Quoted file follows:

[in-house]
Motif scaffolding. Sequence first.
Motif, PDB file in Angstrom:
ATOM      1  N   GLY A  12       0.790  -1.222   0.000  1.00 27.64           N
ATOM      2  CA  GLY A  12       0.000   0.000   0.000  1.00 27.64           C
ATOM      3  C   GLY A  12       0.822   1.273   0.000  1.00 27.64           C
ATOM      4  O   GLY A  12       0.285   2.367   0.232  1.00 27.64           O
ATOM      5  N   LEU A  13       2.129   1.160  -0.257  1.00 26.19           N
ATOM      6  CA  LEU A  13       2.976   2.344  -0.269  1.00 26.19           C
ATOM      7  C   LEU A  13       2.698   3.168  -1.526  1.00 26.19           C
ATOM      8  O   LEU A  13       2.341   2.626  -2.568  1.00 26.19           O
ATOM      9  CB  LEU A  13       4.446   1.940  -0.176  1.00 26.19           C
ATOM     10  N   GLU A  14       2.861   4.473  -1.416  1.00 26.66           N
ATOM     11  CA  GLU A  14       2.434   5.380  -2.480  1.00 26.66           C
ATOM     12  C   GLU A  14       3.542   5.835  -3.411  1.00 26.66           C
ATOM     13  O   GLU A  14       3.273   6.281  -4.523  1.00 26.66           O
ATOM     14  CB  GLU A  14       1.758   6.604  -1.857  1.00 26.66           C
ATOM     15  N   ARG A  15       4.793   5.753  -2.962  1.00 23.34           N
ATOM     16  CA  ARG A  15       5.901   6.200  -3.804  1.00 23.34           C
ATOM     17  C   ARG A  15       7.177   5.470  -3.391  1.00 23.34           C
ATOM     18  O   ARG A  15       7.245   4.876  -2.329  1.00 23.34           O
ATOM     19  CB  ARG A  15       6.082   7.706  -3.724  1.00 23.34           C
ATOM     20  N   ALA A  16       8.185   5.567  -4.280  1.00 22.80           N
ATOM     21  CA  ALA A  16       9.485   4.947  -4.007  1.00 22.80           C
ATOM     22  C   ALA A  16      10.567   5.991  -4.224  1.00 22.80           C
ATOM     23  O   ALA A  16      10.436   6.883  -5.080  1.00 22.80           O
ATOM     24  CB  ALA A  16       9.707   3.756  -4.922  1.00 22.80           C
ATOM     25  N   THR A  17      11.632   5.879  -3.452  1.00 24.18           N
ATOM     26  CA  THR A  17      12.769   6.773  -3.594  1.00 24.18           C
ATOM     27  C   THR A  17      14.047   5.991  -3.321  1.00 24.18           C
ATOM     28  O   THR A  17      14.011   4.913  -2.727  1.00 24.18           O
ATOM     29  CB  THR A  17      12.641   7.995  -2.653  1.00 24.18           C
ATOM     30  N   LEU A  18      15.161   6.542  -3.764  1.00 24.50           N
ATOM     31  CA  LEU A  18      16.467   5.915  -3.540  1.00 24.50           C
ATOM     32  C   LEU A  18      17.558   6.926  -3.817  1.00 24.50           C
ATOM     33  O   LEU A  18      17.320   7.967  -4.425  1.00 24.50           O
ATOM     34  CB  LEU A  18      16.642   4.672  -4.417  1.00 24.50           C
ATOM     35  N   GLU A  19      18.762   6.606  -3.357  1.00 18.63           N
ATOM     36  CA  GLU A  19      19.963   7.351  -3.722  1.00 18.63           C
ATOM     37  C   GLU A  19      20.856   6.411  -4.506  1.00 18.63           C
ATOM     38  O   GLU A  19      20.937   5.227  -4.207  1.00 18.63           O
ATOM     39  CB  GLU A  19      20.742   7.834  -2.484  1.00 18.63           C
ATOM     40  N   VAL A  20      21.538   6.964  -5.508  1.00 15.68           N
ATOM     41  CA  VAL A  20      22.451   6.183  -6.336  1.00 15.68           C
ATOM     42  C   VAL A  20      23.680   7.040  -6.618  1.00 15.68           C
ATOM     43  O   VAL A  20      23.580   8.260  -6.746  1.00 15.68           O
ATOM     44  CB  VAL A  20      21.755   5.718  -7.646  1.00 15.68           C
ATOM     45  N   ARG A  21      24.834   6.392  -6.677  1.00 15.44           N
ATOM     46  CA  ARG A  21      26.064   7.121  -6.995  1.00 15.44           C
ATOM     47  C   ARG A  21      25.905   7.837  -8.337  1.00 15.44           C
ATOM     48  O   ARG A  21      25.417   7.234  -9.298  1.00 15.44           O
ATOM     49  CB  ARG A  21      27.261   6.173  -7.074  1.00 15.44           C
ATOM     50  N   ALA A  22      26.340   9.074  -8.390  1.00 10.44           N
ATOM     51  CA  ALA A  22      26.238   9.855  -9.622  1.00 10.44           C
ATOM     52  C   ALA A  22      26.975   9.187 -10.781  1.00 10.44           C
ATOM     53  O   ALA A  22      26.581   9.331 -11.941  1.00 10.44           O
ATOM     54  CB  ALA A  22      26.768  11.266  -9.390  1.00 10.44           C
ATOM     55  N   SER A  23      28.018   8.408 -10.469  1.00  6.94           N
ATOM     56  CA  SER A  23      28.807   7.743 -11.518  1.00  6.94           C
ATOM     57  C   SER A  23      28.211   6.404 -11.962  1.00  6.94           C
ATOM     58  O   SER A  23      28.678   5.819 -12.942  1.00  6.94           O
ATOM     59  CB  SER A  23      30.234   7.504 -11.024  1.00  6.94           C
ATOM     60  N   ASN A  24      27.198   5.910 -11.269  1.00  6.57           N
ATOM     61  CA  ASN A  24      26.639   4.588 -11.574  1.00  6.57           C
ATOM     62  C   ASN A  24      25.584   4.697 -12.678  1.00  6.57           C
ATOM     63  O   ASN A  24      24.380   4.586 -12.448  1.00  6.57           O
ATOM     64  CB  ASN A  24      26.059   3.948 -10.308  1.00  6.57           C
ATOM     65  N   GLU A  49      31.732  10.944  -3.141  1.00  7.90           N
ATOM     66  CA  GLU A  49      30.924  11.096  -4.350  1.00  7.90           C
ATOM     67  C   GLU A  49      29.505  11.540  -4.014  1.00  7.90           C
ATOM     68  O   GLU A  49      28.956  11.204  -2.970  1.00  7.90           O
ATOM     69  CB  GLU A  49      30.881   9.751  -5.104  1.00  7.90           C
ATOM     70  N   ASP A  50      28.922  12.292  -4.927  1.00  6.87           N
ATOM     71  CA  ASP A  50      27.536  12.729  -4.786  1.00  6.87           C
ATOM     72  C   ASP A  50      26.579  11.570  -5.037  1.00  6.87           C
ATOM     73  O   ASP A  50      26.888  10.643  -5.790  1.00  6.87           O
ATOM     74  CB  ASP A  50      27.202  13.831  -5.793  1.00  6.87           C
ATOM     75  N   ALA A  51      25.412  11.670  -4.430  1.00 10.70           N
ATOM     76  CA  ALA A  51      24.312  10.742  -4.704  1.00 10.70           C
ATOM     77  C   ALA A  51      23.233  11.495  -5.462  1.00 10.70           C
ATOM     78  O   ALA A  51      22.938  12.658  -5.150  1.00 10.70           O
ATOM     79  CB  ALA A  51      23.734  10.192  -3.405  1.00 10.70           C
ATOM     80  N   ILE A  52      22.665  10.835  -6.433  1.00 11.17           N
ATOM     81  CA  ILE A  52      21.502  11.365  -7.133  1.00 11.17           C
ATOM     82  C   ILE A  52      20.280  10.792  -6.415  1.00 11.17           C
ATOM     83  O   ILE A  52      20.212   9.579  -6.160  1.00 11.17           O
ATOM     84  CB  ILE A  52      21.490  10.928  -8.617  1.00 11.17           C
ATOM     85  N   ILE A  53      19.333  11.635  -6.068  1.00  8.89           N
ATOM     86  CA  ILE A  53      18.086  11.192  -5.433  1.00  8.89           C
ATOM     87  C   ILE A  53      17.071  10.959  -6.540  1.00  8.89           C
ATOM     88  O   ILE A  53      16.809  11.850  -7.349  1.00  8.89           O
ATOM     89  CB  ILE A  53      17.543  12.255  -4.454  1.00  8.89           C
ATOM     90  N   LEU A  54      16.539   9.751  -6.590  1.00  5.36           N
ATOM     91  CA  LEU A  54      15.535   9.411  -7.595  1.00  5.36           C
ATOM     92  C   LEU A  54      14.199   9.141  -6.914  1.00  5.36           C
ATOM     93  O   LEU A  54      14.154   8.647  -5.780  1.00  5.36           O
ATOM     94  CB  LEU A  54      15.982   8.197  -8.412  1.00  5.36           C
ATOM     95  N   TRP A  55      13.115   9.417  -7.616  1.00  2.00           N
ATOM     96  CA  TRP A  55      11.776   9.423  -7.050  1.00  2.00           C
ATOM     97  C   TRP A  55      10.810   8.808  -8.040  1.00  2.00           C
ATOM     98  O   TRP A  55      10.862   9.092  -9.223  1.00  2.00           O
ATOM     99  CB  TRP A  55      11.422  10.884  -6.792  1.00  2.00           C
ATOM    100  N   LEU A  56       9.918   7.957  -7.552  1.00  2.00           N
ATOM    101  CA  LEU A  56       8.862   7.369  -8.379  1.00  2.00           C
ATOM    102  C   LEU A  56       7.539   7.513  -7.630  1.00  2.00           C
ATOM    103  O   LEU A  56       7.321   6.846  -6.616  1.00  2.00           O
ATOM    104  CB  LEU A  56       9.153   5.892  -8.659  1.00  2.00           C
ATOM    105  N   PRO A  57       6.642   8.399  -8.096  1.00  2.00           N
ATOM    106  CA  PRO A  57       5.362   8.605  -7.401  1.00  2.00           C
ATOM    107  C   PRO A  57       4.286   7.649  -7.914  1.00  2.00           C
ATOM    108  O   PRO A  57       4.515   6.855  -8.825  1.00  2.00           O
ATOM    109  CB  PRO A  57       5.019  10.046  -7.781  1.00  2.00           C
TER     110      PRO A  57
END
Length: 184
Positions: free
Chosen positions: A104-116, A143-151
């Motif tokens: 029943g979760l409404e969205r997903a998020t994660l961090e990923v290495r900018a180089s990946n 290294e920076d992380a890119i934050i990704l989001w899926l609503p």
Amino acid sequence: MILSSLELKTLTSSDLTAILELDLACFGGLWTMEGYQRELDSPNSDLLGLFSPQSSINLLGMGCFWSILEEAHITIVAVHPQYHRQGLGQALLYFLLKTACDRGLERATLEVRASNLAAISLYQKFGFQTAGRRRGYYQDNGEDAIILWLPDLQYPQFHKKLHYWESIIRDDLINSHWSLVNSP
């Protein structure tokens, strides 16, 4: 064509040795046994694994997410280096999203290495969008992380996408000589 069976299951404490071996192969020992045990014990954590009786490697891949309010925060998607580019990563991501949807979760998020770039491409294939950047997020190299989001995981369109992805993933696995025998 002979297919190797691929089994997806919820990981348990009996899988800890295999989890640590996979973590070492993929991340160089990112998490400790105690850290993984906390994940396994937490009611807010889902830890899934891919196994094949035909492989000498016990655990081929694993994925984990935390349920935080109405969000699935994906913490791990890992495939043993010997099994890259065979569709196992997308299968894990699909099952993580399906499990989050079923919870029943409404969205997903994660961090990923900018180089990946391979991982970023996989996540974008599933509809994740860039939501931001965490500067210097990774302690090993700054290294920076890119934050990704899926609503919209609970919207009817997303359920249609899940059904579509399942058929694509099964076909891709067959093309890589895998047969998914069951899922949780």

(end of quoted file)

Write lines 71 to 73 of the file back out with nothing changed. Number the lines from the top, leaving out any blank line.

ATOM     68  O   GLU A  49      28.956  11.204  -2.970  1.00  7.90           O
ATOM     69  CB  GLU A  49      30.881   9.751  -5.104  1.00  7.90           C
ATOM     70  N   ASP A  50      28.922  12.292  -4.927  1.00  6.87           N